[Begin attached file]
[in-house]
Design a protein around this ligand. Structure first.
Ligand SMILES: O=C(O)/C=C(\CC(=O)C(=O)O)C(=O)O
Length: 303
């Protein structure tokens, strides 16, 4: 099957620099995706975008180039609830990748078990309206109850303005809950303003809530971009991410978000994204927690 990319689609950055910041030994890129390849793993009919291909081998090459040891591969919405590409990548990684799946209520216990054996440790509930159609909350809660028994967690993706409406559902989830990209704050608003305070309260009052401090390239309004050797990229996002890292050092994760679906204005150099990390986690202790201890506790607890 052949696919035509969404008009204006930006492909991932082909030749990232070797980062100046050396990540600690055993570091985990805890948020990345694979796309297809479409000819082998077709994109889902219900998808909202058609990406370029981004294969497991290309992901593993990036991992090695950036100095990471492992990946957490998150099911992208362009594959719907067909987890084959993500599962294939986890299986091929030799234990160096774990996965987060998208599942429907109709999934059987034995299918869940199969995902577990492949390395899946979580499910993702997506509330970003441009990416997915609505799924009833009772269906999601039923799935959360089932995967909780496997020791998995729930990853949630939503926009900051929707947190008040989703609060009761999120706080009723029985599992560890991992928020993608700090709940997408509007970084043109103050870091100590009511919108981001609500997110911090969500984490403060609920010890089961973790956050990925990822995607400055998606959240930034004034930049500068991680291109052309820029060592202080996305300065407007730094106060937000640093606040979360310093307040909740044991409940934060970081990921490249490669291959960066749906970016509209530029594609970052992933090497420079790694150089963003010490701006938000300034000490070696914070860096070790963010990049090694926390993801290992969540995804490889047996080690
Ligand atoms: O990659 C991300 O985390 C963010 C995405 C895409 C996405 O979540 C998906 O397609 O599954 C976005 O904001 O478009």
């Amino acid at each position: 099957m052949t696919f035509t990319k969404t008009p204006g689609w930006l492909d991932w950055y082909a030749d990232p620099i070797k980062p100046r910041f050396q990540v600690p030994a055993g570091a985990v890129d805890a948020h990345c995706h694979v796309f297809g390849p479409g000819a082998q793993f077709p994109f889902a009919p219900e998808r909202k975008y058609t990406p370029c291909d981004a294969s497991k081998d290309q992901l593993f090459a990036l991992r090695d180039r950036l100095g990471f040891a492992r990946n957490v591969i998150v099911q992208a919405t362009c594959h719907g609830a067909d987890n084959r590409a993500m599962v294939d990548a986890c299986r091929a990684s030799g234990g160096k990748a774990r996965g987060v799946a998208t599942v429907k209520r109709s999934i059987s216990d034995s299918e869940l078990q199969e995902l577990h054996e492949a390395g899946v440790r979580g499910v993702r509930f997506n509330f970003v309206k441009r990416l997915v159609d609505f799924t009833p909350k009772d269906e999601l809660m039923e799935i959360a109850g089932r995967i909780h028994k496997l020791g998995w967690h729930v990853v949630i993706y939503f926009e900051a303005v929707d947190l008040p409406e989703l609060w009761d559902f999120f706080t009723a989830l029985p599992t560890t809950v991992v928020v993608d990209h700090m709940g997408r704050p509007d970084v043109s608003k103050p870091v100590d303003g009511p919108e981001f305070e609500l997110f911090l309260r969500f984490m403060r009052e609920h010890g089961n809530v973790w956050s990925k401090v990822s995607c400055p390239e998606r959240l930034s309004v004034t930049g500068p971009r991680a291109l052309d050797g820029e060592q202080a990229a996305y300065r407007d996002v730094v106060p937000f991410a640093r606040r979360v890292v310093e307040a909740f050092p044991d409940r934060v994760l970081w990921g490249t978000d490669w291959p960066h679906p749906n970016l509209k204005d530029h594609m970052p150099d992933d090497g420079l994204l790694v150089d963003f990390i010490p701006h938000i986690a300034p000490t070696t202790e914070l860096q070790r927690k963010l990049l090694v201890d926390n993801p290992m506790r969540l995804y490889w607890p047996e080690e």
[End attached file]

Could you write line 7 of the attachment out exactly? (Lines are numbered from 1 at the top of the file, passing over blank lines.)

């Amino acid at each position: 099957m052949t696919f035509t990319k969404t008009p204006g689609w930006l492909d991932w950055y082909a030749d990232p620099i070797k980062p100046r910041f050396q990540v600690p030994a055993g570091a985990v890129d805890a948020h990345c995706h694979v796309f297809g390849p479409g000819a082998q793993f077709p994109f889902a009919p219900e998808r909202k975008y058609t990406p370029c291909d981004a294969s497991k081998d290309q992901l593993f090459a990036l991992r090695d180039r950036l100095g990471f040891a492992r990946n957490v591969i998150v099911q992208a919405t362009c594959h719907g609830a067909d987890n084959r590409a993500m599962v294939d990548a986890c299986r091929a990684s030799g234990g160096k990748a774990r996965g987060v799946a998208t599942v429907k209520r109709s999934i059987s216990d034995s299918e869940l078990q199969e995902l577990h054996e492949a390395g899946v440790r979580g499910v993702r509930f997506n509330f970003v309206k441009r990416l997915v159609d609505f799924t009833p909350k009772d269906e999601l809660m039923e799935i959360a109850g089932r995967i909780h028994k496997l020791g998995w967690h729930v990853v949630i993706y939503f926009e900051a303005v929707d947190l008040p409406e989703l609060w009761d559902f999120f706080t009723a989830l029985p599992t560890t809950v991992v928020v993608d990209h700090m709940g997408r704050p509007d970084v043109s608003k103050p870091v100590d303003g009511p919108e981001f305070e609500l997110f911090l309260r969500f984490m403060r009052e609920h010890g089961n809530v973790w956050s990925k401090v990822s995607c400055p390239e998606r959240l930034s309004v004034t930049g500068p971009r991680a291109l052309d050797g820029e060592q202080a990229a996305y300065r407007d996002v730094v106060p937000f991410a640093r606040r979360v890292v310093e307040a909740f050092p044991d409940r934060v994760l970081w990921g490249t978000d490669w291959p960066h679906p749906n970016l509209k204005d530029h594609m970052p150099d992933d090497g420079l994204l790694v150089d963003f990390i010490p701006h938000i986690a300034p000490t070696t202790e914070l860096q070790r927690k963010l990049l090694v201890d926390n993801p290992m506790r969540l995804y490889w607890p047996e080690e």